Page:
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Successful cake decorating is all about the consistency of the buttercream and using your cake decorating tools to your advantage. Some frostings are more forgiving -- like the Swiss meringue buttercream used in the cake pictured -- but regardless of what type of frosting you're working with, there are a few extra things the pros do for a pretty cake that can also help you reach frosting success.
Ice the cake with a thin coat of frosting to trap all of the crumbs first to prevent them getting into the final outside layer of frosting. Chill in the refrigerator for about 10 to 15 minutes between coats. This firm, almost waxy layer is then the easiest thing to ice over with a final smooth, perfect layer. (Just be sure to not mix any crumb-containing buttercream back into the bowl.)
A rotating cake stand is a great investment if you frequently make layer cakes. Spin the cake, and let an offset spatula and turntable do all of the work for you, picking up excess frosting and smoothing it back out as you go.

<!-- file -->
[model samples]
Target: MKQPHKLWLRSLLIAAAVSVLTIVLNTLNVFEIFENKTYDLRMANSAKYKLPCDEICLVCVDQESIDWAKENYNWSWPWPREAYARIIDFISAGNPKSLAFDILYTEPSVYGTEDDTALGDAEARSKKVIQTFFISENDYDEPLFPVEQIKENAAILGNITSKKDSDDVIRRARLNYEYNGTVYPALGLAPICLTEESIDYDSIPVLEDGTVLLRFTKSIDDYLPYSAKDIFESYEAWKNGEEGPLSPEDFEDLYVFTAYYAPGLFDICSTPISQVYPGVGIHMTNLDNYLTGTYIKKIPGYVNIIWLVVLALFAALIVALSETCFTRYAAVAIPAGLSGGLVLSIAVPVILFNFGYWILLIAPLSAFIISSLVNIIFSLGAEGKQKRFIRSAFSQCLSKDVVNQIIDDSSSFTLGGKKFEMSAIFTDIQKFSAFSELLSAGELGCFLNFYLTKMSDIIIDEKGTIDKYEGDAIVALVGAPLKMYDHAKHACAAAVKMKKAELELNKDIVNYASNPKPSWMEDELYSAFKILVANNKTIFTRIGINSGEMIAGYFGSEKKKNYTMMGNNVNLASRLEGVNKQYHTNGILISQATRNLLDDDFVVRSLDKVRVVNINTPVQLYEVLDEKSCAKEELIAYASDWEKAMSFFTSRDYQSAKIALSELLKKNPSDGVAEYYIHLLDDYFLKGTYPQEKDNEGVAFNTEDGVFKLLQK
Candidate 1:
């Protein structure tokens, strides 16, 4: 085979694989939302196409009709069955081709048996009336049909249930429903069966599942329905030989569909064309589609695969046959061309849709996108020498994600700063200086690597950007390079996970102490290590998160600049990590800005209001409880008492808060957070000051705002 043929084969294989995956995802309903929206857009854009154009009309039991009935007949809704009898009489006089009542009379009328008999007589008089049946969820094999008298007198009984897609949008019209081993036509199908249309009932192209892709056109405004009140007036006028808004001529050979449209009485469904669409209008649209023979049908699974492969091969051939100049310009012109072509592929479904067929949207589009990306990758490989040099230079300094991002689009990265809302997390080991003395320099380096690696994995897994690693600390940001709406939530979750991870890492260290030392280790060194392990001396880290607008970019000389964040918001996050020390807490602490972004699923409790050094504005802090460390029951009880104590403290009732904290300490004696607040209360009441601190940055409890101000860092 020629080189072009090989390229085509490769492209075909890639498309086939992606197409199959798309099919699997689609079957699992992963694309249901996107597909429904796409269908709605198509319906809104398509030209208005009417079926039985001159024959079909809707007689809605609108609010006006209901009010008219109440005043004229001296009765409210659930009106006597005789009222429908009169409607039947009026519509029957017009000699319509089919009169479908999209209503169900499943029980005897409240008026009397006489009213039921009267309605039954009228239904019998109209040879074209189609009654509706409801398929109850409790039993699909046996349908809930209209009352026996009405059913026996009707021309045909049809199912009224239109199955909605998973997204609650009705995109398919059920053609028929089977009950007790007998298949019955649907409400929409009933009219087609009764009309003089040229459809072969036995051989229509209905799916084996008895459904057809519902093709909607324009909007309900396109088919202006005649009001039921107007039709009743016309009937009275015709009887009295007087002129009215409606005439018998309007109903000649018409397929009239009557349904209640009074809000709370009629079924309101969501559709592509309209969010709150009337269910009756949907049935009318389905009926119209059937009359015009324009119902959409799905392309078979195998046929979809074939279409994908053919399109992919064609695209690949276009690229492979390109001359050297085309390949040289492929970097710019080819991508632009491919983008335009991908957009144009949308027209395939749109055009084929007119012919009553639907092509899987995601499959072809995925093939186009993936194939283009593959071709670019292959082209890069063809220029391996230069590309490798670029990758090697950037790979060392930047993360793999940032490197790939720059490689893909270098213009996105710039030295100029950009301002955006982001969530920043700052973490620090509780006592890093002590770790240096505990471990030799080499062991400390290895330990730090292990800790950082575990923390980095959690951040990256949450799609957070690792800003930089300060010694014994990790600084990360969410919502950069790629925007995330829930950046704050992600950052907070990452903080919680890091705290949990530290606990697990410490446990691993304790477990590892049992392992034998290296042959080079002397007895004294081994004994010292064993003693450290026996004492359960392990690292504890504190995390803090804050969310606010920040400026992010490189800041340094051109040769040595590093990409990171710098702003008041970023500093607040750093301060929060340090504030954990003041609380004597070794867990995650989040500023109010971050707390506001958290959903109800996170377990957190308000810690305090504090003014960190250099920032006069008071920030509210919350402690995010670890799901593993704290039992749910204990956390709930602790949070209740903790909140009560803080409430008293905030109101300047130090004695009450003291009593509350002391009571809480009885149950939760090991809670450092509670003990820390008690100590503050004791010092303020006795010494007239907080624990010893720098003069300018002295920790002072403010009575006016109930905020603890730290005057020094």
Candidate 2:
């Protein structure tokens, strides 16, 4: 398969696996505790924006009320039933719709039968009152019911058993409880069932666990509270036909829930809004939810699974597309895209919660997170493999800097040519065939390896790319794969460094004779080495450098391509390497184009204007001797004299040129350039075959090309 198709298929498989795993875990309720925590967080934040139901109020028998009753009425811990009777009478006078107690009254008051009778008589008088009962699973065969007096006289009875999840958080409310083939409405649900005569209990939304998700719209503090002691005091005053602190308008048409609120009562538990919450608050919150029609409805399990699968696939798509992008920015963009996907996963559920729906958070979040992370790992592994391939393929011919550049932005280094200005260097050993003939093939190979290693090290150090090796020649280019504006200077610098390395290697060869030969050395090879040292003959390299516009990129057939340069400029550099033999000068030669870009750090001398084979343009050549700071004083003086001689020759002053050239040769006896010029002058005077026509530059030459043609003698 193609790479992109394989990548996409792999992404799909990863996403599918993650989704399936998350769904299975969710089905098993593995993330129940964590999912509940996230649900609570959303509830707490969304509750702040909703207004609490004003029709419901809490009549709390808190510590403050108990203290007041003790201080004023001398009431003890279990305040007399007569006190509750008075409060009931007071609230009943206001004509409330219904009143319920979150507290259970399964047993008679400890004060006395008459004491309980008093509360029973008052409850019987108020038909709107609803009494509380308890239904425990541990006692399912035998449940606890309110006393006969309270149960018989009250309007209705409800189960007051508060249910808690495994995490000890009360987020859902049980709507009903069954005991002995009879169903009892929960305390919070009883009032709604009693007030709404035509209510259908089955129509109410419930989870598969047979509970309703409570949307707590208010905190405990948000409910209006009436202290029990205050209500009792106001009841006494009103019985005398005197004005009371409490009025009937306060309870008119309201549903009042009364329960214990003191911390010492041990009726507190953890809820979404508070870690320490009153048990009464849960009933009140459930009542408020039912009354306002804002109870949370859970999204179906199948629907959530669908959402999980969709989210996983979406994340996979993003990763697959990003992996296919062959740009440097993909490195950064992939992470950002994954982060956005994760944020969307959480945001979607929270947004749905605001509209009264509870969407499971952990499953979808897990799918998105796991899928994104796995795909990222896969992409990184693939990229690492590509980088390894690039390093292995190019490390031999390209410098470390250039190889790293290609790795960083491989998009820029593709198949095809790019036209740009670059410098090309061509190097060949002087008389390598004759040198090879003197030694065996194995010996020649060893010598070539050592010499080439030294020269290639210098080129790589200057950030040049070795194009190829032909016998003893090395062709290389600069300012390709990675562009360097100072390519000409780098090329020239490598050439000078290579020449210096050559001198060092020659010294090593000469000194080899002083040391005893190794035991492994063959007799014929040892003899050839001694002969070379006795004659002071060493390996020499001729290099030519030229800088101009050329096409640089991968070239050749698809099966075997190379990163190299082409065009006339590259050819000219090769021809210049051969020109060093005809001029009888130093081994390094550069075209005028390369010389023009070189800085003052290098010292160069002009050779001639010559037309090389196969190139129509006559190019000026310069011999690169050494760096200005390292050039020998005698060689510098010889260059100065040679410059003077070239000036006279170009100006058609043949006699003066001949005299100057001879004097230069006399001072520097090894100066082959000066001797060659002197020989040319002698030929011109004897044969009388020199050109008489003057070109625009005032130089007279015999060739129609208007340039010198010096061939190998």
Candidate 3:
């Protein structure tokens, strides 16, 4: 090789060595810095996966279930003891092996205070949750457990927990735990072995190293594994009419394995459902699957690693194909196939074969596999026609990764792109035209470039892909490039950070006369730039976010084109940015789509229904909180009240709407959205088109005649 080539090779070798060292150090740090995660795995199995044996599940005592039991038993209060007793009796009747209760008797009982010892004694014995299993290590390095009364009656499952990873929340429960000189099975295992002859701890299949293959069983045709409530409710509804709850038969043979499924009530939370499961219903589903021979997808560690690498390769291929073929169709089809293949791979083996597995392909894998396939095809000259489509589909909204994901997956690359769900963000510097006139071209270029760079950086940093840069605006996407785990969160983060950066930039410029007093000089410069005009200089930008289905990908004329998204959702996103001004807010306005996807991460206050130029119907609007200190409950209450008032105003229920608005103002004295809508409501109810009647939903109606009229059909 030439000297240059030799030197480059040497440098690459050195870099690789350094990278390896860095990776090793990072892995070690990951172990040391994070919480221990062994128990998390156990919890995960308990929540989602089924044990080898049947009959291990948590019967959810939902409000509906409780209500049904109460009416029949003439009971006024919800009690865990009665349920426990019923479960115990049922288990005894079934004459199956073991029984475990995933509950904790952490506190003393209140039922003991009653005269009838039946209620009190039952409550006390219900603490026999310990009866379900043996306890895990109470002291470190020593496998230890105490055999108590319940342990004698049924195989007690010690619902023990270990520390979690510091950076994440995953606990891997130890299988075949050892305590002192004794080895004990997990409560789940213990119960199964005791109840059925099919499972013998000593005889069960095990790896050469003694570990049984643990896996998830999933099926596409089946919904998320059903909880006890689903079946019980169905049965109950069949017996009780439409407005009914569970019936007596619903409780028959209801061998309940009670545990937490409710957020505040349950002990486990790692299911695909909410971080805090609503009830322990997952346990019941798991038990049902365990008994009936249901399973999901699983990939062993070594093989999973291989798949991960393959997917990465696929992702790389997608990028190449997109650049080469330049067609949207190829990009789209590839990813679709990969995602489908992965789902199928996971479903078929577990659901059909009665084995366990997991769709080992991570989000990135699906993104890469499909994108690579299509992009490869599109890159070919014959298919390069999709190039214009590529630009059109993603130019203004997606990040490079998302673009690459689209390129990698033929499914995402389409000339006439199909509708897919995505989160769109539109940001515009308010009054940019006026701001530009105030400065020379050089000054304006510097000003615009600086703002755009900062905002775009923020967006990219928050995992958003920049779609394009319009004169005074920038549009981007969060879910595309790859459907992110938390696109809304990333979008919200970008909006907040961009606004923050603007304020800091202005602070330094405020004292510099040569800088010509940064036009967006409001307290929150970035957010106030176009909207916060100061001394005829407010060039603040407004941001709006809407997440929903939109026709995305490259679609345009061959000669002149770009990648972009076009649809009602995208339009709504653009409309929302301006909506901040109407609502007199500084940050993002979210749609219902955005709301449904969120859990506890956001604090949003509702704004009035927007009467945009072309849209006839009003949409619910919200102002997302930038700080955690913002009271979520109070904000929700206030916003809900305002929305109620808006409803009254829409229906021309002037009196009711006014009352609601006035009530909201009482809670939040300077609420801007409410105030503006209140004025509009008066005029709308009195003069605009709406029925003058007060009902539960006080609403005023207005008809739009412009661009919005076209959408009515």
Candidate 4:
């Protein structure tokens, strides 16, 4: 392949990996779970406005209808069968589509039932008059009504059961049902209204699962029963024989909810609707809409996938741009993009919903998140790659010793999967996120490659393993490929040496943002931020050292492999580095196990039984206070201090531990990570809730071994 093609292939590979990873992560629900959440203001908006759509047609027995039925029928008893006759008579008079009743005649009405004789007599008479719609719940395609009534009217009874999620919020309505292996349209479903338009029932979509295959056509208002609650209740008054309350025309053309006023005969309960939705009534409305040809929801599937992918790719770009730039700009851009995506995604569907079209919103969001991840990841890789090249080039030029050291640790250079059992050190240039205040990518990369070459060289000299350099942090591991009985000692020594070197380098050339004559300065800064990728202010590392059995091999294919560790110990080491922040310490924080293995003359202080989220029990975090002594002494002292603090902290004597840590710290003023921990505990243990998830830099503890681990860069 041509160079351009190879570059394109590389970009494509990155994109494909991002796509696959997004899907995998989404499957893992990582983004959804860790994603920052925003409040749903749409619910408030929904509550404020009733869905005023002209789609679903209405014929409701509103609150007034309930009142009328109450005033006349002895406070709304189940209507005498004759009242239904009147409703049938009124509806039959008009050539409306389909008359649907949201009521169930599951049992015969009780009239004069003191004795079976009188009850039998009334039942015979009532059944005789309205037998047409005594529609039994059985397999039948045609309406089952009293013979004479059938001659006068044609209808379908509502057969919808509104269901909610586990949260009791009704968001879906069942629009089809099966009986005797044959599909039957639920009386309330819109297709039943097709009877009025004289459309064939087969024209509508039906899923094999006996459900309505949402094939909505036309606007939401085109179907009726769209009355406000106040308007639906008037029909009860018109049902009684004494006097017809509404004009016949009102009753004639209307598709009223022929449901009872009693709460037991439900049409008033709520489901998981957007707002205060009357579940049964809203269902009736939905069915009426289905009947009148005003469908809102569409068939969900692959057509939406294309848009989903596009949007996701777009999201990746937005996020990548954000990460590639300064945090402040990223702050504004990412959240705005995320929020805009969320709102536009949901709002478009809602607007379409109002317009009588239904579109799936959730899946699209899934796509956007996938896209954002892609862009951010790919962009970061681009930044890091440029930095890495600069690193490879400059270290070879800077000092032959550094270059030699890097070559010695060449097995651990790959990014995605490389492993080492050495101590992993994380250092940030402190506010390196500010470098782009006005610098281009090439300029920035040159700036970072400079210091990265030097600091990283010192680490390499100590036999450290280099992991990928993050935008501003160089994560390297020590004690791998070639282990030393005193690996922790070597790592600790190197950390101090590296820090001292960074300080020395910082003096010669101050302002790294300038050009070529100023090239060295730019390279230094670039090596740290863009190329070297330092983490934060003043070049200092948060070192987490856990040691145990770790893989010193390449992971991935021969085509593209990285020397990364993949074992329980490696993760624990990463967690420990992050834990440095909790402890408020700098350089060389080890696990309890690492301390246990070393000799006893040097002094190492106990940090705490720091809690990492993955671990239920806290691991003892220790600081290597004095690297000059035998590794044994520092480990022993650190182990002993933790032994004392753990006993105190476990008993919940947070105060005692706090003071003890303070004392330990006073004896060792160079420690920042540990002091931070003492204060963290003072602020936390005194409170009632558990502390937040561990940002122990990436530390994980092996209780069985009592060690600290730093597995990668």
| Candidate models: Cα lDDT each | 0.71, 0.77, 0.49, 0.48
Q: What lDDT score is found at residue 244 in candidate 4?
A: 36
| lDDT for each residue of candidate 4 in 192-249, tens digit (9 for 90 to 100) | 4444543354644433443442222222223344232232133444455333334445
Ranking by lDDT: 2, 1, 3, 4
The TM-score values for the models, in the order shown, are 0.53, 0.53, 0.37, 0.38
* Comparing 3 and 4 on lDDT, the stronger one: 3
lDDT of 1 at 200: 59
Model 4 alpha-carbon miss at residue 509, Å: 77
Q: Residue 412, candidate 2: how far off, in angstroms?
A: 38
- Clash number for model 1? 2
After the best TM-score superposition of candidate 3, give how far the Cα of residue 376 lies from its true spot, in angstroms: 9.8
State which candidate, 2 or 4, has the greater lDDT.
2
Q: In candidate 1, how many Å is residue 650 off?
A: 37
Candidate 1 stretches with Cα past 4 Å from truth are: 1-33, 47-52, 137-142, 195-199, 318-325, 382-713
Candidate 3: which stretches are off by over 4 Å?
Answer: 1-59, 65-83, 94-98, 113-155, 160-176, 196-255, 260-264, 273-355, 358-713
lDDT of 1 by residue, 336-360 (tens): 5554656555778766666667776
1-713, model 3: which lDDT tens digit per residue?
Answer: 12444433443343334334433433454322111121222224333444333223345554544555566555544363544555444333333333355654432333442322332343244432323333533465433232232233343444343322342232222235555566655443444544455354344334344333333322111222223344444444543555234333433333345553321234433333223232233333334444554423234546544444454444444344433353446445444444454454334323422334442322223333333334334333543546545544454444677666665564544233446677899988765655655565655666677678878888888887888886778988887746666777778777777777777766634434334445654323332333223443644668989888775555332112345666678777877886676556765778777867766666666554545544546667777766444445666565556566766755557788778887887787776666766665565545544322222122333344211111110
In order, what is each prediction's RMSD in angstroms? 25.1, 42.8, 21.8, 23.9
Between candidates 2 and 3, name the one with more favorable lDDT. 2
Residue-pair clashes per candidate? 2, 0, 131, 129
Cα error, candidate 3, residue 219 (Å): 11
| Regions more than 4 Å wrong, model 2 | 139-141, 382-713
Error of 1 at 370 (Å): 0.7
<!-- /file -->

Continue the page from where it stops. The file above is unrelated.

Run an offset spatula, metal icing smoother or bench scraper under hot water; dry it; and then smooth out the frosting of a slightly chilled cake. The heat of the metal lightly melts and evens out the frosting and helps to create the ultra-smooth finishing touch.
This article is written by Tessa Huff from The Kitchn and was legally licensed via the Tribune Content Agency through the NewsCred publisher network. Please direct all licensing questions to firstname.lastname@example.org.